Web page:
Alistair Brownlee, double Olympic triathlon champ, wins Ironman debut, eyes Kona

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Alistair Brownlee, the only triathlete with multiple Olympic titles, added an Ironman victory in his debut at the distance in Cork, Ireland, on Sunday, though the 2.4-mile swim was canceled.

The Brit earned a spot at the Ironman World Championships in Kona, Hawaii, on Oct. 12 and intends to race there.

“That’s one of the reasons I came today,” Brownlee said. “I’ve hopefully got a few years in me. I’ll be going to Kona this year for very much a bit of a learning experience and see how it goes.”

Brownlee, who has said he is undecided on a Tokyo 2020 run, made up a 16-minute, 56-second deficit after the 112-mile bike to win in 7:49:20. The field lacked the world’s best Ironman triathletes, like Germans Patrick Lange and Jan Frodeno (2008 Olympic champion). The 2.4-mile swim was canceled due to poor weather.

Olympic-distance triathlons are a .93-mile swim, 24.8-mile bike and a 6.25-mile run.

Many triathletes have signaled the end of Olympic careers when moving up to the Ironman, such as Frodeno and two-time U.S. Olympian Sarah True. But Brownlee did not seem ready to join them.

“I’d love to be [in Tokyo], but I only want to be there if I feel I can be competitive,” he said after winning the European Championship for a fourth time on June 2, according to the Press Association.

Brownlee, 31, reportedly said in August that he was “50-50” on going for Tokyo and had to decide between focusing on Olympic or Ironman distances.

He won four half Ironmans between 2017 and 2018 (sandwiched by a hip surgery), then finished second to Frodeno at the Ironman 70.3 World Championship on Sept. 2.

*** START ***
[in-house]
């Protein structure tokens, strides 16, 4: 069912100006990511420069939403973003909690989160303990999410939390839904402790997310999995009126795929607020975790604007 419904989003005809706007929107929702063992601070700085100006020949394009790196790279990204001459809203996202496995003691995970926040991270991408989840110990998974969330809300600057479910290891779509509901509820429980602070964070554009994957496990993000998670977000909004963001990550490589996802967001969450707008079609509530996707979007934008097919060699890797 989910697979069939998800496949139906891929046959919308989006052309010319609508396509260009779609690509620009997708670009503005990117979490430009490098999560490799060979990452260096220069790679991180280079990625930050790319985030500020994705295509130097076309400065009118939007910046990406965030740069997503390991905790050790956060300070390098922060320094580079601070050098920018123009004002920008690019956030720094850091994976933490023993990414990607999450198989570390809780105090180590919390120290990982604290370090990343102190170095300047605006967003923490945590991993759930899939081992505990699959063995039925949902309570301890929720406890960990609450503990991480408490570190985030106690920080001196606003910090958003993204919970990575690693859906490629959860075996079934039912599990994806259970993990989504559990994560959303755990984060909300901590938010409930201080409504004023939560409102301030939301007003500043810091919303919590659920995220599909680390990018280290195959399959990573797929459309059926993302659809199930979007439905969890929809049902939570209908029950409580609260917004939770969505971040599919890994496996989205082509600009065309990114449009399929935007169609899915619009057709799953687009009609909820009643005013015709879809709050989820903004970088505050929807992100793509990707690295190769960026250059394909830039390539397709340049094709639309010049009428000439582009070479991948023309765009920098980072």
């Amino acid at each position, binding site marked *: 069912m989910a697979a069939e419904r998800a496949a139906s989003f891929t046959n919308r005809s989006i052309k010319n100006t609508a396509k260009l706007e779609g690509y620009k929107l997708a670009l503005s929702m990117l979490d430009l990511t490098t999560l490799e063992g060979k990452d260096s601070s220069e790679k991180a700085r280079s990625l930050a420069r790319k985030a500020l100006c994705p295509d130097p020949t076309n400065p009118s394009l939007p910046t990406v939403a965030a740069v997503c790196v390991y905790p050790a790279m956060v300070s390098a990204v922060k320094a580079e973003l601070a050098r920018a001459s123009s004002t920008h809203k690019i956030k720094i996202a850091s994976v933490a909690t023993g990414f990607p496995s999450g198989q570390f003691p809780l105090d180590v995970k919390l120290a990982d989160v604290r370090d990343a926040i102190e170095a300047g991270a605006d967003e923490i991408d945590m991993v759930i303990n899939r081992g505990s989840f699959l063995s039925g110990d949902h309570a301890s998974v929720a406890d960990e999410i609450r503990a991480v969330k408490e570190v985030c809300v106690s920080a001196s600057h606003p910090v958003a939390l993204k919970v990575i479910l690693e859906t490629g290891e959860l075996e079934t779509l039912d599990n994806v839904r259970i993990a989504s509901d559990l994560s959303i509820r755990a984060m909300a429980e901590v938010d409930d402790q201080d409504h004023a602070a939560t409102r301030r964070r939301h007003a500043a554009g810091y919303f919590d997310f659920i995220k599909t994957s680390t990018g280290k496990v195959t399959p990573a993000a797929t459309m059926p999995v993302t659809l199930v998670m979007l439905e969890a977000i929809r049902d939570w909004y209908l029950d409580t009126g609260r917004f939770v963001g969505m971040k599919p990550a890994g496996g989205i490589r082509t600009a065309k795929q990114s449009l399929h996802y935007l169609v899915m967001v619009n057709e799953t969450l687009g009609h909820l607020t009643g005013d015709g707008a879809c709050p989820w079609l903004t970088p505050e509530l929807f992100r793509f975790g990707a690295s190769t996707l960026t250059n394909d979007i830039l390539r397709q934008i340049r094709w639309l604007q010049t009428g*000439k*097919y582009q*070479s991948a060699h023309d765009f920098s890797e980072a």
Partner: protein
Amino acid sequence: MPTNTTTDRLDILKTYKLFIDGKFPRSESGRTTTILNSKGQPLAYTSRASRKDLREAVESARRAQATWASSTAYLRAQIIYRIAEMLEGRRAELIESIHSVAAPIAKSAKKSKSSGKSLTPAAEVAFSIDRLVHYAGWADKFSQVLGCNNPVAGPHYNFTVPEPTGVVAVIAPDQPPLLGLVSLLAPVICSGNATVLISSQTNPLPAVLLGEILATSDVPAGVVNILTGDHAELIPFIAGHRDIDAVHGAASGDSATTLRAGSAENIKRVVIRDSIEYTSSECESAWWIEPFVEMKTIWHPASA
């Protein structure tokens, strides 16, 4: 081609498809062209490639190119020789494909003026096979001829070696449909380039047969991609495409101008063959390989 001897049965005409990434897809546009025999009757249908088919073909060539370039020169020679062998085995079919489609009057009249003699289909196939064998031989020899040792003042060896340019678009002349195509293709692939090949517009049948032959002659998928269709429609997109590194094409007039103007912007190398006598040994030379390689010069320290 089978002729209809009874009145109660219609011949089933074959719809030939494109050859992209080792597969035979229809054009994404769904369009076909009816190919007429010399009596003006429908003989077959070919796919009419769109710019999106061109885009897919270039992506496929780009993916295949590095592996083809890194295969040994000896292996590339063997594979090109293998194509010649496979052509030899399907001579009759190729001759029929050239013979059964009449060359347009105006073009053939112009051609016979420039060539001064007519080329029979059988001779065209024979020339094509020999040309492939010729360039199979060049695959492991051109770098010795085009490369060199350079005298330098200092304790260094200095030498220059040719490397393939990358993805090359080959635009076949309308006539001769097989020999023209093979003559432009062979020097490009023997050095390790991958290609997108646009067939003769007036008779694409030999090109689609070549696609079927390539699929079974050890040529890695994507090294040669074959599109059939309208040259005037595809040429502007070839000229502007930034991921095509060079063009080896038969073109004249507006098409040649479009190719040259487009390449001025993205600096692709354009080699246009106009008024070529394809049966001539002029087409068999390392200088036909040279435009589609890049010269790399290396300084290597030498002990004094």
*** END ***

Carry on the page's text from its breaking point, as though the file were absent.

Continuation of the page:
MORE: Katie Zaferes leads U.S. sweep of World Triathlon Series podium

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Olympian Derrick Mein ends U.S. men’s trap drought at shotgun worlds

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Tokyo Olympian Derrick Mein became the first U.S. male shooter to win a world title in the trap event since 1966, prevailing at the world shotgun championships in Osijek, Croatia, on Wednesday.

Mein, who grew up on a small farm in Southeast Kansas, hunting deer and quail, nearly squandered a place in the final when he missed his last three shots in the semifinal round after hitting his first 22. He rallied in a sudden-death shoot-off for the last spot in the final by hitting all five of his targets.

He hit 33 of 34 targets in the final to win by two over Brit Nathan Hales with one round to spare.

The last U.S. man to win an Olympic trap title was Donald Haldeman in 1976.

Mein, 37, was 24th in his Olympic debut in Tokyo (and placed 13th with Kayle Browning in the mixed-gender team event).

The U.S. swept the Tokyo golds in the other shotgun event — skeet — with Vincent Hancock and Amber English. Browning took silver in women’s trap.

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Mo Farah withdraws before London Marathon

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British track legend Mo Farah withdrew before Sunday’s London Marathon, citing a right hip injury before what would have been his first 26.2-mile race in nearly two years.

Farah, who swept the 2012 and 2016 Olympic track titles at 5000m and 10,000m, said he hoped “to be back out there” next April, when the London Marathon returns to its traditional month after COVID moved it to the fall for three consecutive years. Farah turns 40 on March 23.

“I’ve been training really hard over the past few months and I’d got myself back into good shape and was feeling pretty optimistic about being able to put in a good performance,” in London, Farah said in a press release. “However, over the past 10 days I’ve been feeling pain and tightness in my right hip. I’ve had extensive physio and treatment and done everything I can to be on the start line, but it hasn’t improved enough to compete on Sunday.”

Farah switched from the track to the marathon after the 2017 World Championships and won the 2018 Chicago Marathon in a then-European record time of 2:05:11. Belgium’s Bashir Abdi now holds the record at 2:03:36.

Farah returned to the track in a failed bid to qualify for the Tokyo Olympics, then shifted back to the roads.

Sunday’s London Marathon men’s race is headlined by Ethiopians Kenenisa Bekele and Birhanu Legese, the second- and third-fastest marathoners in history.

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